Film master Ingmar Bergman dies at 89
His work opened the door for foreign film in the U.S.

By Myrna Oliver, Special to The Times
July 31, 2007

Ingmar Bergman, the Swedish auteur whose visionary work in early masterpieces such as "The Seventh Seal" and "Wild Strawberries" and later films such as "Persona" and "Cries and Whispers" probed the depths of the human psyche with existential dramas that redefined cinema, died Monday. He was 89.

The director in 1998. “Bergman was the first to bring metaphysics —
religion, death, existentialism — to the screen,” Bertrand Tavernier,
the French film director, once said. “But the best of Bergman is the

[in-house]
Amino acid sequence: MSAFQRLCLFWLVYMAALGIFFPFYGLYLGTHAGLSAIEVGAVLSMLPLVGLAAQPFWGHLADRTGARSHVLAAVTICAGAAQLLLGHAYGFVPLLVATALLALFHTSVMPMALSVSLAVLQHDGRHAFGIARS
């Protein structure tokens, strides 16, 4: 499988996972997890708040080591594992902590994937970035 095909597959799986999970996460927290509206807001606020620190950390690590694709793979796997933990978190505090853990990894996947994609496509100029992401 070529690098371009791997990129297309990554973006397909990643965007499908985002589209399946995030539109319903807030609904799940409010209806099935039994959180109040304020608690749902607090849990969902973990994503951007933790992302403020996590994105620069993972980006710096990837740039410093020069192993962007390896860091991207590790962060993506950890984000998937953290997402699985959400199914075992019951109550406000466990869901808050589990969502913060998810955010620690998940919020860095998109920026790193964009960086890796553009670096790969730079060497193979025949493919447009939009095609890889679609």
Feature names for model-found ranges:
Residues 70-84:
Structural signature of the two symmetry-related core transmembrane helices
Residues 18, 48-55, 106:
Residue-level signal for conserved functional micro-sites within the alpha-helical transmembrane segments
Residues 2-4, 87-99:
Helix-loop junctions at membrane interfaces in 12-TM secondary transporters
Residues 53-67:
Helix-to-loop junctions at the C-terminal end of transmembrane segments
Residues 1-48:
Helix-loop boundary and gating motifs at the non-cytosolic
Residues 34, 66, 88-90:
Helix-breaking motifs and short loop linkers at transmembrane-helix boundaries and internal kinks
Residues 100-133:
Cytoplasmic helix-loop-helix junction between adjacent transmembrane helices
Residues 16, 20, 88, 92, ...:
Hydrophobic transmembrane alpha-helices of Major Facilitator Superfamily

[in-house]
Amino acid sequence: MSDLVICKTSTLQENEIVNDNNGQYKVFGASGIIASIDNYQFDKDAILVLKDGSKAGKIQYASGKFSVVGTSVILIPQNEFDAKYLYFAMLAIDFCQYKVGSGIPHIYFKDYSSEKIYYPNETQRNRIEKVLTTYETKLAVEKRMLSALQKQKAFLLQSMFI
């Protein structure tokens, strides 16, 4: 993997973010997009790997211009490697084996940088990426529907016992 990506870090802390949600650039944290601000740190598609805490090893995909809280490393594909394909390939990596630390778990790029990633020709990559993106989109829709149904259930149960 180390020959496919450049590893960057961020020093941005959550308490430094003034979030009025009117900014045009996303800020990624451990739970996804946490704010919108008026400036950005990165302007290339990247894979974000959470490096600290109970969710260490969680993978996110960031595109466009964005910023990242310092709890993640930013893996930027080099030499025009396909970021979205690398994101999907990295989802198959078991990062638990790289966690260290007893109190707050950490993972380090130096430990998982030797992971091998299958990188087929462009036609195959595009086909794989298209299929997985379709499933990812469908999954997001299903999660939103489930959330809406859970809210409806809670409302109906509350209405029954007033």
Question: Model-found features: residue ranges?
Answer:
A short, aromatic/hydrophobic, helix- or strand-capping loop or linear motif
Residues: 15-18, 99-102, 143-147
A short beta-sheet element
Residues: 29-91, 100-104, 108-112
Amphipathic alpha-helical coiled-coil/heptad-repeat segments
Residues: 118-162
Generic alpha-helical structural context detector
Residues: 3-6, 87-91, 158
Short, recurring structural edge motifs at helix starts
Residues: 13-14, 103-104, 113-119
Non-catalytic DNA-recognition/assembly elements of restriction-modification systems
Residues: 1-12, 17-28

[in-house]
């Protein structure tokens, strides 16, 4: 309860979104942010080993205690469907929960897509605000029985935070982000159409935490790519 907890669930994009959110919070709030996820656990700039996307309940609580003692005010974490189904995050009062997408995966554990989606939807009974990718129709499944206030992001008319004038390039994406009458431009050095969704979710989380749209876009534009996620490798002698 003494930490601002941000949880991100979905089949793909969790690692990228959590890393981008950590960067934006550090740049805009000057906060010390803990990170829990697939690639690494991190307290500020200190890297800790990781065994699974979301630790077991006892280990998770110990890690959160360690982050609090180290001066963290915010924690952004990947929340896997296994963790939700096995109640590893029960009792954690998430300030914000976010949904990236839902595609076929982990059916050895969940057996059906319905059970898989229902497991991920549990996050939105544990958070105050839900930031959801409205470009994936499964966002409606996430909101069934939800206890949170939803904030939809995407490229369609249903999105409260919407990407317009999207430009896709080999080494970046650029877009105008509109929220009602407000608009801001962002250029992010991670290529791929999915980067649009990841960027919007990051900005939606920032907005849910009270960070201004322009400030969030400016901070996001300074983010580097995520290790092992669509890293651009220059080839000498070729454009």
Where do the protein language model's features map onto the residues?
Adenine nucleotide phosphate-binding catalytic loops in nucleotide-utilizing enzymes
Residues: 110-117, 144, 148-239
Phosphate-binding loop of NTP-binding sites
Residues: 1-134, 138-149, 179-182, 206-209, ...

way he speaks of women, of the relationship between men and women.
He’s like a miner digging in search of purity.”

The reclusive Academy Award-winning director and writer died at his home on the Baltic island of Faro off the coast of Sweden. Astrid Soderbergh Widding, president of the Ingmar Bergman Foundation, confirmed his death on the foundation's website. Bergman had never fully recovered from hip surgery in October, Swedish news media reported.

Bergman was considered one of the greatest directors in motion picture history. His movies are credited with helping open America's doors to foreign films in the 1950s.

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